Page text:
This reminds me of a time when I resented my wife Rene in the worse way, because she refused to identify herself as a lesbian.
I felt that if Rene didn't identify as lesbian [but STILL wanted to remain in a mariage together] then by default, that made me STILL the husband in the relationship - and not "just" a woman who happens to love her spouse.This was a deal breaker for me. I was so uncomfortable and hurt after 5 years of trying to settle for living in her shadow as the "husband that transitioned," that in November of 2010, I filed for divorce to free myself and finally live completely as a woman and mother of my own right.
We have remained supportive of one another , and for now, still live together, but are working towards moving on.
Rene shares her feelings in this letter, on the way she views our relationship now...
How can I still have a relationship with a person who is no longer my husband, but a woman? It’s easy when you still love the same heart and soul.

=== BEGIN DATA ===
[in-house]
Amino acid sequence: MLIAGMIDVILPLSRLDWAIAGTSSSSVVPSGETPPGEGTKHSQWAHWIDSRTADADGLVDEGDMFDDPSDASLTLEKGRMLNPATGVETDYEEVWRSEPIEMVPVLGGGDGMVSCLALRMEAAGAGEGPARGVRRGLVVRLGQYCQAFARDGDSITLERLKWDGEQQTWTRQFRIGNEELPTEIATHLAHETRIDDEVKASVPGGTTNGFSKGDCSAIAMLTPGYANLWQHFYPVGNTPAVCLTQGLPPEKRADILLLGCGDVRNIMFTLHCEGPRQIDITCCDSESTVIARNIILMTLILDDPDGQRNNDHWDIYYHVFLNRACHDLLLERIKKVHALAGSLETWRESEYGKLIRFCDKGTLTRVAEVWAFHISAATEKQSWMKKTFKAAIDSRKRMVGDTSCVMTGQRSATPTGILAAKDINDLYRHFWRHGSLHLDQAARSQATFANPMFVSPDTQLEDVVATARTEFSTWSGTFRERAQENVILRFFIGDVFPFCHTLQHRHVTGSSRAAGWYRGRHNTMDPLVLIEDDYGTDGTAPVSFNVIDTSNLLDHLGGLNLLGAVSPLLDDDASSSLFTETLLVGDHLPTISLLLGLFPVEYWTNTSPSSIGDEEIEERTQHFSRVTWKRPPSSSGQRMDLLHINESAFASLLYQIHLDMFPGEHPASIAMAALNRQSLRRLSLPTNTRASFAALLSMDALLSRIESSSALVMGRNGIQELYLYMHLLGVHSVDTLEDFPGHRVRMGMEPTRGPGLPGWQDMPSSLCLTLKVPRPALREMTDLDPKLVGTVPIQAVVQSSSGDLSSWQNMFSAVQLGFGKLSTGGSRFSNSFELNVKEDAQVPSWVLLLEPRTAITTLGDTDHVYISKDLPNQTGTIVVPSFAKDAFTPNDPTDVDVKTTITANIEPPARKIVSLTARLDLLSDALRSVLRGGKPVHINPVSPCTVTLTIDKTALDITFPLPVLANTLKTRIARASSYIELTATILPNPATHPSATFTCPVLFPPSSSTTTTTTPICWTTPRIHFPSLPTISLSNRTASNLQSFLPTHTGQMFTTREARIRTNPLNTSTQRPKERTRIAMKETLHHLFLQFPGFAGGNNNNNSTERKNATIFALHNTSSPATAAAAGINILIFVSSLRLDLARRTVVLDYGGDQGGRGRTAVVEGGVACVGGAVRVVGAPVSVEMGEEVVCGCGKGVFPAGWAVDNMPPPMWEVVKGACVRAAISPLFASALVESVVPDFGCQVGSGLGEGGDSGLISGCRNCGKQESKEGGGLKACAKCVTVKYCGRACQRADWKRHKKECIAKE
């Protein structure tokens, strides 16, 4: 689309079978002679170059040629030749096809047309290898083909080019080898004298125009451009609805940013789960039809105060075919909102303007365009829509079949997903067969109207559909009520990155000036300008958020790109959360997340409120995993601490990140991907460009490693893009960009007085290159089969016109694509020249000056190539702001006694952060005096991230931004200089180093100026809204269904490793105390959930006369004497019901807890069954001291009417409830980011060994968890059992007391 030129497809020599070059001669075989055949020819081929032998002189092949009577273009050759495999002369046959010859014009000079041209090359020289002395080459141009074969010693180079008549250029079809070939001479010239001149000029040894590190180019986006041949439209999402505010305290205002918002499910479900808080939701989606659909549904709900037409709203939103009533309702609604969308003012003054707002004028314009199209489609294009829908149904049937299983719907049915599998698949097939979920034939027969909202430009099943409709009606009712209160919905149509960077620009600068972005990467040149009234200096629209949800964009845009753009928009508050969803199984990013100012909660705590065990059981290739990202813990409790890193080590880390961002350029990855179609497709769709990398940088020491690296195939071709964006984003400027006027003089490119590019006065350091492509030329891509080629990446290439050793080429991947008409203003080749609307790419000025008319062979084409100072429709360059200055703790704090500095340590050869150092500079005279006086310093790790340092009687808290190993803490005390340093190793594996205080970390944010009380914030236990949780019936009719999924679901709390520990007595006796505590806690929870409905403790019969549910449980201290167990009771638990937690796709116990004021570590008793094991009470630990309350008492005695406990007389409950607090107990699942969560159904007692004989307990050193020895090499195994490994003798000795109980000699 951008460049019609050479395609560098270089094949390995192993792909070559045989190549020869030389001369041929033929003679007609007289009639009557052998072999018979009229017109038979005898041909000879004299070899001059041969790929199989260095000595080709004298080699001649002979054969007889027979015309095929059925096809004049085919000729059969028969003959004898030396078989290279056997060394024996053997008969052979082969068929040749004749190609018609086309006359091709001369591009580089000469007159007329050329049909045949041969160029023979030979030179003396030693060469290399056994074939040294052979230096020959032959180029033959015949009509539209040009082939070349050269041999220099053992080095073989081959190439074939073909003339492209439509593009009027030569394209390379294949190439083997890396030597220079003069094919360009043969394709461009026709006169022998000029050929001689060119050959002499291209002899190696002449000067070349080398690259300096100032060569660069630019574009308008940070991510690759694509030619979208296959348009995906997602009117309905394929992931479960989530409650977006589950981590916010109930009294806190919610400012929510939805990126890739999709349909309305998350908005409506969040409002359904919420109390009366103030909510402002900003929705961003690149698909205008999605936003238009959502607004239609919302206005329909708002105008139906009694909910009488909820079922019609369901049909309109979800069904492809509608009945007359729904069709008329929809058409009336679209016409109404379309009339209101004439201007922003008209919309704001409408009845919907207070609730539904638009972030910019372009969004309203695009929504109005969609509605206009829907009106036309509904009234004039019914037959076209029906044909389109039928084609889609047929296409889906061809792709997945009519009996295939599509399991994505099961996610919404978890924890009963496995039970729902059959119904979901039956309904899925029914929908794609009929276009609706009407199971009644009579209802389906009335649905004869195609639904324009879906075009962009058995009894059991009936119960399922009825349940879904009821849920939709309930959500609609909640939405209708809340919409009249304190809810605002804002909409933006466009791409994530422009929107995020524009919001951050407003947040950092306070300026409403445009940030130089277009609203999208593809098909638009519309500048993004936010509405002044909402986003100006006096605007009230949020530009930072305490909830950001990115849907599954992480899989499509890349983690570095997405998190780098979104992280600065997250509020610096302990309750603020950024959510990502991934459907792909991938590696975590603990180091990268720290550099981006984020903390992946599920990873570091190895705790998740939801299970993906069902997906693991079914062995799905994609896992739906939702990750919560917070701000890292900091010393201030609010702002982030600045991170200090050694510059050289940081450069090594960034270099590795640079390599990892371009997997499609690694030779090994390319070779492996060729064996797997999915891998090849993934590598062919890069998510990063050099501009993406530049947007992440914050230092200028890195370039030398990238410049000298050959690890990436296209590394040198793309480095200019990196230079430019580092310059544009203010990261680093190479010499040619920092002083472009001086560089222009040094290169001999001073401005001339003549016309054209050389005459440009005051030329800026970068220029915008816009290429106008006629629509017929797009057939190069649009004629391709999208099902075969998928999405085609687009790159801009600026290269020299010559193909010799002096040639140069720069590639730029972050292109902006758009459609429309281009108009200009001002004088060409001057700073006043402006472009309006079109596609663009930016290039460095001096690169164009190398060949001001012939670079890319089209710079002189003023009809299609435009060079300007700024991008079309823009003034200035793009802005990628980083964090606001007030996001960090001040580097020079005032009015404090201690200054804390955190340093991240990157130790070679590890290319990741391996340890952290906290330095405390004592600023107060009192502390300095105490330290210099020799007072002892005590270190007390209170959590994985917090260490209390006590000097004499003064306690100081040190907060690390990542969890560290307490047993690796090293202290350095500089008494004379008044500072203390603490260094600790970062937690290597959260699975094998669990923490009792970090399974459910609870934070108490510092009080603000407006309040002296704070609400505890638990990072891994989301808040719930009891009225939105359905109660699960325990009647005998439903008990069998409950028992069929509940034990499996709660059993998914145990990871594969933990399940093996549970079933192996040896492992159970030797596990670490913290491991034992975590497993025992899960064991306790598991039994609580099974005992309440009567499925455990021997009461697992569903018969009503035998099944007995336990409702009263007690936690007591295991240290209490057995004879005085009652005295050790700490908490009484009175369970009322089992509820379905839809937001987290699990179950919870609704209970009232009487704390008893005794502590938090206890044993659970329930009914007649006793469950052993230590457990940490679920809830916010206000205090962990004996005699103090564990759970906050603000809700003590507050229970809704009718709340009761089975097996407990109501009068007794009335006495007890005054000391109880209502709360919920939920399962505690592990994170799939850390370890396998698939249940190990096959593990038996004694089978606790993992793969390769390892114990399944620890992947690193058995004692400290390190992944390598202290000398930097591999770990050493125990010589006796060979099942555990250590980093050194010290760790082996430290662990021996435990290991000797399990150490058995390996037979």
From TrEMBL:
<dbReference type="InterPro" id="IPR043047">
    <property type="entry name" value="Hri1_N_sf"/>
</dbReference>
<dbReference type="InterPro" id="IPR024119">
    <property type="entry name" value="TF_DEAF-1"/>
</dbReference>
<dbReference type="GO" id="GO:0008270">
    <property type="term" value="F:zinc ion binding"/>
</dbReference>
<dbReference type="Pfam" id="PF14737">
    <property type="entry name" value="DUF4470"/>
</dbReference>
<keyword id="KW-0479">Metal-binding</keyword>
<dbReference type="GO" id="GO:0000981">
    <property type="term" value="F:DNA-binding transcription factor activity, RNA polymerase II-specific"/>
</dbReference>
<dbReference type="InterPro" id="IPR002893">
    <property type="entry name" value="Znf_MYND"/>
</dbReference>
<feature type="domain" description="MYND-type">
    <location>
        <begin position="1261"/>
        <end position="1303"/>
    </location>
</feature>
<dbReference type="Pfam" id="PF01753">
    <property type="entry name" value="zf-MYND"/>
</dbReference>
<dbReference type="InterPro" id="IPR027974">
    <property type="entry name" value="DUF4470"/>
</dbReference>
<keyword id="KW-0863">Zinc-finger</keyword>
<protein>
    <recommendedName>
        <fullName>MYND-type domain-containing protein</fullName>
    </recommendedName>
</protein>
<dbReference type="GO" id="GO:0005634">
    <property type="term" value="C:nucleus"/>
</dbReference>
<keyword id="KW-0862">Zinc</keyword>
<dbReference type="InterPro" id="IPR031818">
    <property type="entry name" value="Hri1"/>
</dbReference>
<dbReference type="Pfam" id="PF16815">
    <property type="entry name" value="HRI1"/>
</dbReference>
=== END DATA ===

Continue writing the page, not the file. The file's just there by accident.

No, I’m not gay. I don’t have that physical desire. I’m just continuing on.
Years ago, when Chloe had a “date” with a male, it was interesting to hear how she felt. She really enjoyed the balance and protective feeling that a man can offer - and, as a woman, she could now appreciate what she took away from me, Ted's wife.
I know Chloe is very attractive and does cause attention with her shape and stature. Men like voluptuous women. But it doesn’t bother me when she gets more attention.
Once, at a family picnic, there was a man there whom spent some time trying to talk with Chloe. It didn’t bother me at all. I’m glad for her and glad that she is an attractive woman. We are two completely different people and I am not in competition with her. I think it would be awesome if there was some wonderful man that would sweep her off of her feet.
But then again, I really would like our family to stay together because I do still love and care about her.
God knows what we need, and I have faith He will sort it out.